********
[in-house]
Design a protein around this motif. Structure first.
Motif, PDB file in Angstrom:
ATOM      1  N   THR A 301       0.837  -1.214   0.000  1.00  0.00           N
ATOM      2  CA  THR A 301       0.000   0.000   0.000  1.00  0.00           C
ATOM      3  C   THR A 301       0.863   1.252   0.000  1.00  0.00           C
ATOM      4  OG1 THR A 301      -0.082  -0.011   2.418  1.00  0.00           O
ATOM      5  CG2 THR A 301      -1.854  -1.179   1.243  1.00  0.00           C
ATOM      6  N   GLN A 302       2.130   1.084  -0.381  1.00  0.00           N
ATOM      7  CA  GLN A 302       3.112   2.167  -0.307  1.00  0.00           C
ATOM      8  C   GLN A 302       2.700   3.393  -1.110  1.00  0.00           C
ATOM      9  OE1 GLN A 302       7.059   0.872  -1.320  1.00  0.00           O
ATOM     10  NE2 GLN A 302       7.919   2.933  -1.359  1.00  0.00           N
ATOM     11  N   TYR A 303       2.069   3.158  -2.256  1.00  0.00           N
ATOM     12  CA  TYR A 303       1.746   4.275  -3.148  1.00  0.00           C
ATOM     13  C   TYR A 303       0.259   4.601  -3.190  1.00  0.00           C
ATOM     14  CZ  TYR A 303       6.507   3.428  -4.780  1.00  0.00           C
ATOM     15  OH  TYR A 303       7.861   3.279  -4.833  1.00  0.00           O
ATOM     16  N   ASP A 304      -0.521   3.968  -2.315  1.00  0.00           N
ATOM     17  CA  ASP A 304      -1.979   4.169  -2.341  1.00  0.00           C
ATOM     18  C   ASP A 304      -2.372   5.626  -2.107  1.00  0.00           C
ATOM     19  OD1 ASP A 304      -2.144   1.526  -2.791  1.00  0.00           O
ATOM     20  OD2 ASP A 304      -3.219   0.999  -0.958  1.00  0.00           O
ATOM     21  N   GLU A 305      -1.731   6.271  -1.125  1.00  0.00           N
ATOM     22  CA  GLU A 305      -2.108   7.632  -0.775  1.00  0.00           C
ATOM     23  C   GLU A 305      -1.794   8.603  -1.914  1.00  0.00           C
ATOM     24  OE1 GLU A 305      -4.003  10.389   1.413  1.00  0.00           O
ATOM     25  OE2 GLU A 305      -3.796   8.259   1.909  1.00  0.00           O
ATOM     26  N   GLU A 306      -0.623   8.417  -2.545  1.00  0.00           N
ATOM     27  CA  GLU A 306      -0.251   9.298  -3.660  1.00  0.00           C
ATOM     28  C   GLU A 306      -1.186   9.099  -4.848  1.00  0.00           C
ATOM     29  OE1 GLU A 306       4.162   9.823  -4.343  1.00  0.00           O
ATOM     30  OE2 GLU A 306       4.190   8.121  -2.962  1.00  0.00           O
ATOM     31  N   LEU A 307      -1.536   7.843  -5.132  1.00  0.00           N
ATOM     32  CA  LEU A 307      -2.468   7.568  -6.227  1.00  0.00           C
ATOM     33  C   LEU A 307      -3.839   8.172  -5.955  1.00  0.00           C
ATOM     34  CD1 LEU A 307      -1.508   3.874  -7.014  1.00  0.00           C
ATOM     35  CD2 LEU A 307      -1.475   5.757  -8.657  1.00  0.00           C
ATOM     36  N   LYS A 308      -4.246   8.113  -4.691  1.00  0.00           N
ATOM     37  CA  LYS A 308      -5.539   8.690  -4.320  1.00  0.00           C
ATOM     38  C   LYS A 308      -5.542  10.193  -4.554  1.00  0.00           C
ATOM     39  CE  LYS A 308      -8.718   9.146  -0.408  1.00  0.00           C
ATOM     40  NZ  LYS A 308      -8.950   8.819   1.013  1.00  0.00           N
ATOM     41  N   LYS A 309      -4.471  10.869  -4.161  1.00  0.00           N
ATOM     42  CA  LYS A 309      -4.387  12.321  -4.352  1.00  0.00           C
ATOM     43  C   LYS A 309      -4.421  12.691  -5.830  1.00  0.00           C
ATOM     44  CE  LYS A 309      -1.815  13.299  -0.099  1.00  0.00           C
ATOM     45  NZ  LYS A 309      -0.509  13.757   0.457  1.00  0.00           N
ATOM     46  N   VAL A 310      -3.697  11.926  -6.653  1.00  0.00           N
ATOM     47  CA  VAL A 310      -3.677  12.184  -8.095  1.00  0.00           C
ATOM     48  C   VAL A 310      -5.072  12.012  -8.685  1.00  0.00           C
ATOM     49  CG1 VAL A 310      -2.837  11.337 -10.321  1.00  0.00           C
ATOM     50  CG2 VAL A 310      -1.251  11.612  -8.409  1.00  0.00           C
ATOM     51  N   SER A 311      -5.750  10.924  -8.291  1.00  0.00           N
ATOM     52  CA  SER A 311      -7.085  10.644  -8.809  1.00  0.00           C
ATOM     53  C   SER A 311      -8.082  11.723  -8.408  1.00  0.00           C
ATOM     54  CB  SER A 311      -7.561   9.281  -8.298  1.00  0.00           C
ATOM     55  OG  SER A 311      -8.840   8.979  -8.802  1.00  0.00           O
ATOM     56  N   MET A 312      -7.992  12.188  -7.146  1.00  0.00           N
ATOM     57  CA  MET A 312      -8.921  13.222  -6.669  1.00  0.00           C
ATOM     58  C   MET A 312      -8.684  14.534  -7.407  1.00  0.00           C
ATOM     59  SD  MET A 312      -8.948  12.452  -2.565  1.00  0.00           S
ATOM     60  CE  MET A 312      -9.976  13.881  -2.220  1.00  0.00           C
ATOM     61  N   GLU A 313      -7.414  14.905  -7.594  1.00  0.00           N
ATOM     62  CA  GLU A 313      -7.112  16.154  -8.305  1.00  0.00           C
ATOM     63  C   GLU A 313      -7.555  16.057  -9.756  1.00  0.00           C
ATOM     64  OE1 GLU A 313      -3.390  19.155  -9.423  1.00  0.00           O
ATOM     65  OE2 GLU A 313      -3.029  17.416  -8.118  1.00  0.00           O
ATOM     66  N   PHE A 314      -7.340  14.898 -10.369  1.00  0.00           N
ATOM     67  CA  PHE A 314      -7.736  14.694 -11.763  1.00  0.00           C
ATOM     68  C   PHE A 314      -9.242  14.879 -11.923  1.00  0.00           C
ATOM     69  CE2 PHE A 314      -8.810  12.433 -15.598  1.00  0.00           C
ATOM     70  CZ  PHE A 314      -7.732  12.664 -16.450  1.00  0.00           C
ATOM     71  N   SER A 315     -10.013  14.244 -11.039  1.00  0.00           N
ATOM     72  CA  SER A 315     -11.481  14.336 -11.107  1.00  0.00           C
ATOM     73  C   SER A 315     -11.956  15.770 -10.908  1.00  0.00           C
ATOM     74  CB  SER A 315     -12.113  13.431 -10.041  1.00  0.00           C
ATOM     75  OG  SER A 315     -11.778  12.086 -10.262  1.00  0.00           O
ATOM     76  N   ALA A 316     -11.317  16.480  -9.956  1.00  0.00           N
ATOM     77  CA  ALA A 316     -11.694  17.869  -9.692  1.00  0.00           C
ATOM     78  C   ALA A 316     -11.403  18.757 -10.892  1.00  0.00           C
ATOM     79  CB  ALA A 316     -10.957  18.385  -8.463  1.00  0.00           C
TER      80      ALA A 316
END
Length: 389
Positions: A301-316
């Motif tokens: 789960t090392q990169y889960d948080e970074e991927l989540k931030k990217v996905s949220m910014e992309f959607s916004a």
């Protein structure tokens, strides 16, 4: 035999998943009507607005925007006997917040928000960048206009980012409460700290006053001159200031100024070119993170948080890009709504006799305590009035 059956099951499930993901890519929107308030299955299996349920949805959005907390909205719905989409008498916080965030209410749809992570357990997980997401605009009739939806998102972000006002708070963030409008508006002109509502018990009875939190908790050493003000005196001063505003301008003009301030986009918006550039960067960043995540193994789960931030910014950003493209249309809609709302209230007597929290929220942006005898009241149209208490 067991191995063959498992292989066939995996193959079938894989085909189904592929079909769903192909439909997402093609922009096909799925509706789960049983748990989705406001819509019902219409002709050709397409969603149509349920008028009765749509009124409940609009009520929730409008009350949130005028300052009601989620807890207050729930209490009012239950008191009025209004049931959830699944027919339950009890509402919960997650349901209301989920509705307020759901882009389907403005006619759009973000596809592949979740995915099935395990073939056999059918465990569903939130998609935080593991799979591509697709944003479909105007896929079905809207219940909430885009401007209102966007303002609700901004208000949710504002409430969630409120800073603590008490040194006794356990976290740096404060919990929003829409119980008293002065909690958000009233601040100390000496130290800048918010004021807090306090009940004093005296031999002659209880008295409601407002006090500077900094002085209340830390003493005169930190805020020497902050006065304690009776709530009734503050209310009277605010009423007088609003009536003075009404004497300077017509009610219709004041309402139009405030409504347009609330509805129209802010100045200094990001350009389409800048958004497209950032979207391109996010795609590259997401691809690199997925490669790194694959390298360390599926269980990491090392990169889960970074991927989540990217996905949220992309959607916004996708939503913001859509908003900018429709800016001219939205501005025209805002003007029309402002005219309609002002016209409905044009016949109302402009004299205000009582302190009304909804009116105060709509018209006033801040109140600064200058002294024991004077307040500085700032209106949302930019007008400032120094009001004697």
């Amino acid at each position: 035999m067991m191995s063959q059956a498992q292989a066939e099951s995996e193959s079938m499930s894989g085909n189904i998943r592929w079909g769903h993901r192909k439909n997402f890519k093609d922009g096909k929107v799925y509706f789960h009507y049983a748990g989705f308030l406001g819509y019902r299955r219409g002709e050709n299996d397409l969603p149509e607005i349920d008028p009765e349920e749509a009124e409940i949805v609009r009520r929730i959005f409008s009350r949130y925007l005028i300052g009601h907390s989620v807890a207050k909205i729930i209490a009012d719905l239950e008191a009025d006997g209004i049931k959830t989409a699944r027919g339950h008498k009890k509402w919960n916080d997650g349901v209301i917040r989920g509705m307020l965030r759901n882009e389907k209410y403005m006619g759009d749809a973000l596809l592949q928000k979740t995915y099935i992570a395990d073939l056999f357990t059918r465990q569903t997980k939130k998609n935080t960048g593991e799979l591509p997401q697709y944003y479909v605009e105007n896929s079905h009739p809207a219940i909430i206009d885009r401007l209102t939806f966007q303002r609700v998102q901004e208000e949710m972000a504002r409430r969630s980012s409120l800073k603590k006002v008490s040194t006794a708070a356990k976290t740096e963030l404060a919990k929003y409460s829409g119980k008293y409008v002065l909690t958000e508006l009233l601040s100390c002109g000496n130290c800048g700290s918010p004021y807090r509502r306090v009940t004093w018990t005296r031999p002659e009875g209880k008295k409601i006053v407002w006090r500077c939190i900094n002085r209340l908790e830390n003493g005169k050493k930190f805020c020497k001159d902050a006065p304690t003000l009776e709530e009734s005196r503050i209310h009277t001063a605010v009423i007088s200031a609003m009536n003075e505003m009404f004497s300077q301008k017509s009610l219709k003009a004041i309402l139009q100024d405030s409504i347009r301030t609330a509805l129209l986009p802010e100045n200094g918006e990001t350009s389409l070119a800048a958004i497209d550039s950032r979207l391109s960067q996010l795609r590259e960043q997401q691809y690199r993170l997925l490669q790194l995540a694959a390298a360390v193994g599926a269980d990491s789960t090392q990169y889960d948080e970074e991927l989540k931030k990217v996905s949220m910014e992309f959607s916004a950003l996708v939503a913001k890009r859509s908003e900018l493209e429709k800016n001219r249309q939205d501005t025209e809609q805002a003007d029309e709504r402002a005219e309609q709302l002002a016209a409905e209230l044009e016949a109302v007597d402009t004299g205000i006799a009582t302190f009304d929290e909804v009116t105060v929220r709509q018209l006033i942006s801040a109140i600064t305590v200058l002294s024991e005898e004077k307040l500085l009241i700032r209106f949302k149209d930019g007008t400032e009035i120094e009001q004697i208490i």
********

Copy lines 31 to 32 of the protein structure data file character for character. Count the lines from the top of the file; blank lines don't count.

ATOM     28  C   GLU A 306      -1.186   9.099  -4.848  1.00  0.00           C
ATOM     29  OE1 GLU A 306       4.162   9.823  -4.343  1.00  0.00           O